Whose health is more important to a pet parent? 81% say their dog’s

Photo (c) Dann Tardif - Getty Images

A third of those polled said they wouldn’t wait 24-48 hours to seek help if their pet started acting differently

If there’s any question about how important pet parents take responsibility for their pets, there there shouldn't be -- pet love is at an all-time high. A new survey of 2,000 dog owners confirms that, too, showing that four in five pet "parents" claim their dog’s wellness is every bit as important as their child’s. 

Many of those owners say they’re so in tune with their pet’s feelings that they know when they're happy, when they want to be petted, and is good to go energy-wise and mood-wise. 

Conducted by OnePoll on behalf of pet food subscription company Ollie, the survey found that pet owners are used to their dog’s strange antics, like “trying to keep a neat environment,” “does a twirl when she’s begging for house food” and “sneezes for treats.”

Stressing out when things don’t seem right

Wholehearted pet love expands to concern, too – probably because unexpected pet illnesses can be very costly. Owners pay so much attention to their dog’s behavior, the average respondent said they get worried they’ll lose their dog four times every year.

Some of that starts the moment a pet parent detects something is wrong – 24% said they know their dog is sad when they stop eating, have low energy (23%) or cry or whine (22%).

The survey analysts said that, on average, pups exhibit even stranger “abnormal behavior” five times over a 12-month period. One pet owner said their dog was “constantly licking elbows,” while another said theirs “became lethargic and did not eat for a few days” and a third noticed their dog was “spinning around nonstop.”

“Your dog is uniquely yours; no one knows their quirks the way you do! This puts you, the pet parent, in an incomparable position to quickly identify changes in your pup’s normal behavior,” said Nicole Sumner, senior brand manager at Ollie. “These behavioral nuances could indicate something more serious.”

Sleep tight and don’t let the bedbugs bite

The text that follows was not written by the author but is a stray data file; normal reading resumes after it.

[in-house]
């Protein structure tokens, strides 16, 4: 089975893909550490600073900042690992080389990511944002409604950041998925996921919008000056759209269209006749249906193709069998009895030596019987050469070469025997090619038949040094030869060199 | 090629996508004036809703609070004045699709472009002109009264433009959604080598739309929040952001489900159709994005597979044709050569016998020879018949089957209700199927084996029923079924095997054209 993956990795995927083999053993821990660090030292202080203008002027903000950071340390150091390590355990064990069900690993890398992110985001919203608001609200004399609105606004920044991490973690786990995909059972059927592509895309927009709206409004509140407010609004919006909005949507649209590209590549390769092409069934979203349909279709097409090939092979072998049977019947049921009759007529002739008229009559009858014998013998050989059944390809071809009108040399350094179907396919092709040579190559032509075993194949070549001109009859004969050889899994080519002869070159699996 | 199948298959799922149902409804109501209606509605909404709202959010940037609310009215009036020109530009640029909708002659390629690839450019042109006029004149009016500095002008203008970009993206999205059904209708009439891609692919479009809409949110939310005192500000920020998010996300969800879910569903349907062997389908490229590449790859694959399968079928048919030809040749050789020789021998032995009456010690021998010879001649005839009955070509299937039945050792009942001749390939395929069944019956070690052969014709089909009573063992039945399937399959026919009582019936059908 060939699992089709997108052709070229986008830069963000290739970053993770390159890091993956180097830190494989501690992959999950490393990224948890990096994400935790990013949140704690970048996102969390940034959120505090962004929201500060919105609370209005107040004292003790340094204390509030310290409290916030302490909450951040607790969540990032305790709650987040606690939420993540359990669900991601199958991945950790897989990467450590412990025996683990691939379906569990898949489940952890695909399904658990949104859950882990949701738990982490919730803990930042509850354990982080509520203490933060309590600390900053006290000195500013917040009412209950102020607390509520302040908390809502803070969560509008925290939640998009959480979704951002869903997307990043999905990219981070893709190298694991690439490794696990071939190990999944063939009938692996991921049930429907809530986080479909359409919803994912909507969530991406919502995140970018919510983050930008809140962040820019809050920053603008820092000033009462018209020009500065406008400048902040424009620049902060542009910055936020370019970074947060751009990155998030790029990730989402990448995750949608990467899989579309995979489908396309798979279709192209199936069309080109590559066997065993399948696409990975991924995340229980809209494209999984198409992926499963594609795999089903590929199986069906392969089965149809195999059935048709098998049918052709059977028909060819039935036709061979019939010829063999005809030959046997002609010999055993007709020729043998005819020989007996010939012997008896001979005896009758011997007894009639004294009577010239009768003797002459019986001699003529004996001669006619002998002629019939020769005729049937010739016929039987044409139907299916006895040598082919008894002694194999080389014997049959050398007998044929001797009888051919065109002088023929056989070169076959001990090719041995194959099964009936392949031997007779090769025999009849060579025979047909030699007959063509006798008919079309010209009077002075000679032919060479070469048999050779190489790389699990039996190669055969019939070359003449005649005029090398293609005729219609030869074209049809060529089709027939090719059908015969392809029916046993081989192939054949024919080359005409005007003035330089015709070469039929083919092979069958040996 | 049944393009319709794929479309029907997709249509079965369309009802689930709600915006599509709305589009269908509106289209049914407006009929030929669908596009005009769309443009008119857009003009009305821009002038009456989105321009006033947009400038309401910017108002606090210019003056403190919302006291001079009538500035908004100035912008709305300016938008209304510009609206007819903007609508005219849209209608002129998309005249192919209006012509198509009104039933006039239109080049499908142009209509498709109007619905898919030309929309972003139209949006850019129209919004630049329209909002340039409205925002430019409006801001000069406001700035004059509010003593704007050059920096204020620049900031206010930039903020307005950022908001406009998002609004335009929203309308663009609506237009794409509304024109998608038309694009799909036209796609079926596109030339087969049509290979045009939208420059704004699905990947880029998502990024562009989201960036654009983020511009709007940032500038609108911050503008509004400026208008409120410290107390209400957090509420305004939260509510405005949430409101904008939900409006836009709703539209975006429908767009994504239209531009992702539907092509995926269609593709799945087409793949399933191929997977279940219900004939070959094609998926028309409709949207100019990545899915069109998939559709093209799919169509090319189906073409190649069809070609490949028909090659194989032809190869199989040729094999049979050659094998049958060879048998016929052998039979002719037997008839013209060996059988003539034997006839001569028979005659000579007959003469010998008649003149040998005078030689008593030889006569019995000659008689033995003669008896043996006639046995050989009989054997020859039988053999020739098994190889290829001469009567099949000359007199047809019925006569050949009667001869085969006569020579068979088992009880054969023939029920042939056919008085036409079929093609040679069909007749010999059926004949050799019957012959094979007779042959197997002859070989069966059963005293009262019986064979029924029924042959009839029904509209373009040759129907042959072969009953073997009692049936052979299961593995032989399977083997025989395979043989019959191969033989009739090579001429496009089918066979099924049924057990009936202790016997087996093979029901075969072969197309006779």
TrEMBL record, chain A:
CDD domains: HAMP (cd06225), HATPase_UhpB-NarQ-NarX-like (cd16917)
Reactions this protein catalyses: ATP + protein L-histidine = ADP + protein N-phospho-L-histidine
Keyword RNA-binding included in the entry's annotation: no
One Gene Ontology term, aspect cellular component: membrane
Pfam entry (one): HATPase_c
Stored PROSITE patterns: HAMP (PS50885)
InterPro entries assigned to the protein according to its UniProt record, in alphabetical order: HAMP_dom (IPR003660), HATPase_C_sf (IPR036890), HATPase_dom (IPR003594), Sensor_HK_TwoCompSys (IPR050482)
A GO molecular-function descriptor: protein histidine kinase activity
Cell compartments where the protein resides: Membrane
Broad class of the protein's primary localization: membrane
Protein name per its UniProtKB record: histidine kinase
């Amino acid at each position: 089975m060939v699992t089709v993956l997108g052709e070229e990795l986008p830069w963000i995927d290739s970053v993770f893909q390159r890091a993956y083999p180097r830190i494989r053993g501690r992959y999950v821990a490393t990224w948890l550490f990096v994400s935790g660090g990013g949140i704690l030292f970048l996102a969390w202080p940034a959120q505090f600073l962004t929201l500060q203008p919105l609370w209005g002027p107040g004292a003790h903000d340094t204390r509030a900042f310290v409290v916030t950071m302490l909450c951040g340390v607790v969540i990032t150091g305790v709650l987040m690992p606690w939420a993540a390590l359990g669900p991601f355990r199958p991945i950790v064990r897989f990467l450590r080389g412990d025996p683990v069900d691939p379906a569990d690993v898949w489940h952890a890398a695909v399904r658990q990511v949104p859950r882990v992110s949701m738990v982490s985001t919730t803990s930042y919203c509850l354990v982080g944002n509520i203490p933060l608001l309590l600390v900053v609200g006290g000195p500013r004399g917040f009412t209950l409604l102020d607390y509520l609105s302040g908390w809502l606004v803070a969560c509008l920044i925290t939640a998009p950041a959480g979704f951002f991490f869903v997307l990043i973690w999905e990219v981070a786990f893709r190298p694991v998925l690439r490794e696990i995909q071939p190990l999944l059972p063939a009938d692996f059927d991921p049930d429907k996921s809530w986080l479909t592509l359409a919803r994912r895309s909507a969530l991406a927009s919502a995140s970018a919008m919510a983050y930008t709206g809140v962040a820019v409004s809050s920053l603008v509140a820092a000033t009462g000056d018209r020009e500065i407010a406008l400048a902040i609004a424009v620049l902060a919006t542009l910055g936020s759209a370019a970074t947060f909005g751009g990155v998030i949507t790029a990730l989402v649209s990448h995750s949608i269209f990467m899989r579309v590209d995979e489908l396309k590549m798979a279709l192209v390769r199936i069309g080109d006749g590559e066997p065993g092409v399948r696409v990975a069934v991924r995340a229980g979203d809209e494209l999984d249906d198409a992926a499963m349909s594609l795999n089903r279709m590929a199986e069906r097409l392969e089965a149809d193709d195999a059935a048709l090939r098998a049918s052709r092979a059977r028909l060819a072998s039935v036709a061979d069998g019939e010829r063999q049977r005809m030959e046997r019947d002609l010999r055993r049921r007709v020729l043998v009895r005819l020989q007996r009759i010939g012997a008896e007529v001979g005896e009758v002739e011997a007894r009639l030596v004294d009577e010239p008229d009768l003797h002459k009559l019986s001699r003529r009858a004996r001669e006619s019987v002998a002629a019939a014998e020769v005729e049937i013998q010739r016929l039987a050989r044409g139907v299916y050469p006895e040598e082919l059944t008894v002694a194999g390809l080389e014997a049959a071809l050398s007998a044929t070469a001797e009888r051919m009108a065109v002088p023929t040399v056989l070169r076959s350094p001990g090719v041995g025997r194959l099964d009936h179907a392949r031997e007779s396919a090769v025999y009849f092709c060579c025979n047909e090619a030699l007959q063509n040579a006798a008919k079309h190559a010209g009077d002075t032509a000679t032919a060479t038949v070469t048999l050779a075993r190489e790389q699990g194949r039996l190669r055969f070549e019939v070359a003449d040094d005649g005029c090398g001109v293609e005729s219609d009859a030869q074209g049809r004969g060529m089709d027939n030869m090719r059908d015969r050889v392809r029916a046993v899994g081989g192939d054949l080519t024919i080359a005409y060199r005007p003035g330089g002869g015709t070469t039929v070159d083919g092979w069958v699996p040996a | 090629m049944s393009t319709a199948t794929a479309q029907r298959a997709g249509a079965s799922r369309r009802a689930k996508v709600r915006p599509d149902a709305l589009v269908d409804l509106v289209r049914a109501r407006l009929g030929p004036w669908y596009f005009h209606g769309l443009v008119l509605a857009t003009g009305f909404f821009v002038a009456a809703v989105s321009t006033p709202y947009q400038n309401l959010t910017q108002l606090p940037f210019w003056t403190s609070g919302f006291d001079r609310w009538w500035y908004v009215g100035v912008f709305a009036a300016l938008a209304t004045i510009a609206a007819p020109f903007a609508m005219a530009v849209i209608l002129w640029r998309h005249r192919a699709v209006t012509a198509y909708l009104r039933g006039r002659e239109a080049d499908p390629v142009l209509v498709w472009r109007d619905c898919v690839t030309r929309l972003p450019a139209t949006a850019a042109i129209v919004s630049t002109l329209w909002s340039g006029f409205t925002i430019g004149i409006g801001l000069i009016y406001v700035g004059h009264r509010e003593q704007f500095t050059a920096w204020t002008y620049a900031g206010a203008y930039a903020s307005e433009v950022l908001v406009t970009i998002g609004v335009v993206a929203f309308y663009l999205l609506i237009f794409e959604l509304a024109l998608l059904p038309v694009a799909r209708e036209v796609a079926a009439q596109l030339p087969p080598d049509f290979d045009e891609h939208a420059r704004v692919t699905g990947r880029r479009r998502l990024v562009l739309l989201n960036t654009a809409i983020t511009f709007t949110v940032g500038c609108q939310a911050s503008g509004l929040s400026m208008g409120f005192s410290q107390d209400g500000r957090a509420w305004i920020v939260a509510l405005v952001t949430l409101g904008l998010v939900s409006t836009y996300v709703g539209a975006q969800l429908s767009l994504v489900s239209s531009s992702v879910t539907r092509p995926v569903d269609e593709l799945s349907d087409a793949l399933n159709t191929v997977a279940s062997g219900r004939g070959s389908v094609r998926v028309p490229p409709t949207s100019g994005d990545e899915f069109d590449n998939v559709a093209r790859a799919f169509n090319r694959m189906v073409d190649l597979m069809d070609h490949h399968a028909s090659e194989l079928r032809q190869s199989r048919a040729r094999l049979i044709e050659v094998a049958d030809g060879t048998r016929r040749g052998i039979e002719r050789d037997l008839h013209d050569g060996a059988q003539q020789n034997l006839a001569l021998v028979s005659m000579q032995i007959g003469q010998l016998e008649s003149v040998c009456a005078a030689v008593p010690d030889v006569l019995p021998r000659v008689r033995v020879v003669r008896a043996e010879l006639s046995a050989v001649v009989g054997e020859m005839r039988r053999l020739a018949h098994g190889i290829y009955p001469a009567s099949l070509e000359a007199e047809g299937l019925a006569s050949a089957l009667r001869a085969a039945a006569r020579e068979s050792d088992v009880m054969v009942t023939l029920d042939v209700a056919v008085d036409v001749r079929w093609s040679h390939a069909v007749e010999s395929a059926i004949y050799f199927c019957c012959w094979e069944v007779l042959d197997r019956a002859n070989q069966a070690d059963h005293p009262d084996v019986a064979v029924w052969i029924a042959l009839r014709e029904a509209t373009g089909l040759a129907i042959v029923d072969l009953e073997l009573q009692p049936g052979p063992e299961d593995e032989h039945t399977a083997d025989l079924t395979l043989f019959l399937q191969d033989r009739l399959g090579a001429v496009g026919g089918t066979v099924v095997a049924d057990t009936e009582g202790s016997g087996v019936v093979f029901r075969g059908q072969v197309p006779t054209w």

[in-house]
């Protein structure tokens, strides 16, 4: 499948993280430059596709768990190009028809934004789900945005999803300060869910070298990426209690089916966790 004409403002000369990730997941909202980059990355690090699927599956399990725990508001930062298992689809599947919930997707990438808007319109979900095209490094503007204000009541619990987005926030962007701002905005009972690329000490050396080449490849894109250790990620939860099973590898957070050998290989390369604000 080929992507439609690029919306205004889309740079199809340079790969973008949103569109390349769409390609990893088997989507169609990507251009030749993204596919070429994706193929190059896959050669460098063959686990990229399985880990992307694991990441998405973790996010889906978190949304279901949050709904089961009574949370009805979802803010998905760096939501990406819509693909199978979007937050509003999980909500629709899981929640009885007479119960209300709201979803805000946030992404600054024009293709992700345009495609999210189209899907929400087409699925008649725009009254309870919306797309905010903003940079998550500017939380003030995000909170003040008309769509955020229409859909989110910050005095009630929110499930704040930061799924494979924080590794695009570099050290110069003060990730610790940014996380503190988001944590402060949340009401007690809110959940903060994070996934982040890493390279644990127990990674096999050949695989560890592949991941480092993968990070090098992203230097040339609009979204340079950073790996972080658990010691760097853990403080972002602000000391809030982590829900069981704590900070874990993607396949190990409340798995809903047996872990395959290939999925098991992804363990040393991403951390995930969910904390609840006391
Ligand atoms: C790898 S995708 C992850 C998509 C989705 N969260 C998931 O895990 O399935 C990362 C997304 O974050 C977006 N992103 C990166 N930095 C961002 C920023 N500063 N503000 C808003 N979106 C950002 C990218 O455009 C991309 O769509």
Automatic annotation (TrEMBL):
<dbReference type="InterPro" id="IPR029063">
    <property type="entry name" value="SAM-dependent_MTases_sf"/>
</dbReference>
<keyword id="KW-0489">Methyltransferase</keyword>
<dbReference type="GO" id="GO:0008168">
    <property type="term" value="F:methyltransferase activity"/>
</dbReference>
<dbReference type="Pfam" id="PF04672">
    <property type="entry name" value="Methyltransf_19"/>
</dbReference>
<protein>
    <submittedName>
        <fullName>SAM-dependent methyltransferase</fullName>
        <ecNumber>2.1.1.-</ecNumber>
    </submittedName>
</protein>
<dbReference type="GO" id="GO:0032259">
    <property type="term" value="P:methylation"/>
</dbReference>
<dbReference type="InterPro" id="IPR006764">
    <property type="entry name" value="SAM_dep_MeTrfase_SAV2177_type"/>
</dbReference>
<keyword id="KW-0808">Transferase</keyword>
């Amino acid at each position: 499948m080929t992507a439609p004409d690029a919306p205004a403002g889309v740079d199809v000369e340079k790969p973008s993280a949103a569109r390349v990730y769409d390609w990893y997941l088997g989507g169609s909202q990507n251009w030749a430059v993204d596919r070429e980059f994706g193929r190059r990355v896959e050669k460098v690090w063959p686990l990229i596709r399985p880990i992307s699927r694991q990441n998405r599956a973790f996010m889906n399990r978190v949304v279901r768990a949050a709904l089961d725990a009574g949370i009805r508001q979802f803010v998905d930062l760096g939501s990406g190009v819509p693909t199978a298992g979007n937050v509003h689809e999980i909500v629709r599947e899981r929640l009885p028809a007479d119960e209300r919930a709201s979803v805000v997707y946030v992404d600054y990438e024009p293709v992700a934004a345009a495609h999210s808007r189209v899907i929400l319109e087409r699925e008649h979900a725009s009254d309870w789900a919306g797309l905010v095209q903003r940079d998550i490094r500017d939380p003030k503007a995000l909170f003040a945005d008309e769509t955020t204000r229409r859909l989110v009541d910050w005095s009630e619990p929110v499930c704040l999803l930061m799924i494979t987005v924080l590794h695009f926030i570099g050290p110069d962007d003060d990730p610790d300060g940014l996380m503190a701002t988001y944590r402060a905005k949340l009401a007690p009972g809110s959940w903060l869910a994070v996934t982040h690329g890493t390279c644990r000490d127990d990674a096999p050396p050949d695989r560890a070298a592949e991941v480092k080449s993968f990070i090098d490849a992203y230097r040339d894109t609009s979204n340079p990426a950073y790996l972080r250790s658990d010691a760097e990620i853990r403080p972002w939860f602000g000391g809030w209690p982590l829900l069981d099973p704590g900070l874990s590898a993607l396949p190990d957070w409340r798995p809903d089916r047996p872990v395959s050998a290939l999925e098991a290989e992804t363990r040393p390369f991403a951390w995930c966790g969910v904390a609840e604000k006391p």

This prompts constant diligence for their pet’s wellness — even when it comes to sleeping. Many respondents said they try to ensure that their dog gets enough rest and do so by giving their dog a potty break before bed (39%), cuddle time before bed (37%) or a sleep supplement (34%). In fact, 35% are just as concerned about getting ready for their pet to go to bed as they are – implementing a bedtime/”lights out” time (69% said by 9pm for most dogs).

Nearly a fourth of the surveyed pet parents said their primary reason Fido gets a good night’s sleep is to make sure the pup has enough rest so they can be fully active the next day – a goal no matter how tired they personally are from their day.

Taking cues from the surveyed pet owners

What can dog owners take away from their fellow pet parents? ConsumerAffairs gleaned these three things from the survey that might come in handy:

Exercise: More than a third of owners also help their pup work up an appetite by exercising before meals (38%).

Meals: Caring for their canine carries over to mealtime where pet parents shared their tricks for getting their dog to eat, like giving them a variety of foods (43%) and having in-between snack times. 

Snacks: Owners see treat time as another way to care for their dog’s well-being by bonding and showing affection (50%), helping them manage stress or anxiety (46%) and boosting their nutrition (48%).

“Every dog is different, and every day contains slight deviations from the structure dogs crave,” Sumner said. “Dogs need a healthy mealtime and exercise routine to feel their best. We support pet parents and make it as easy as possible for them to give their dogs solid foundations for healthy lives.”

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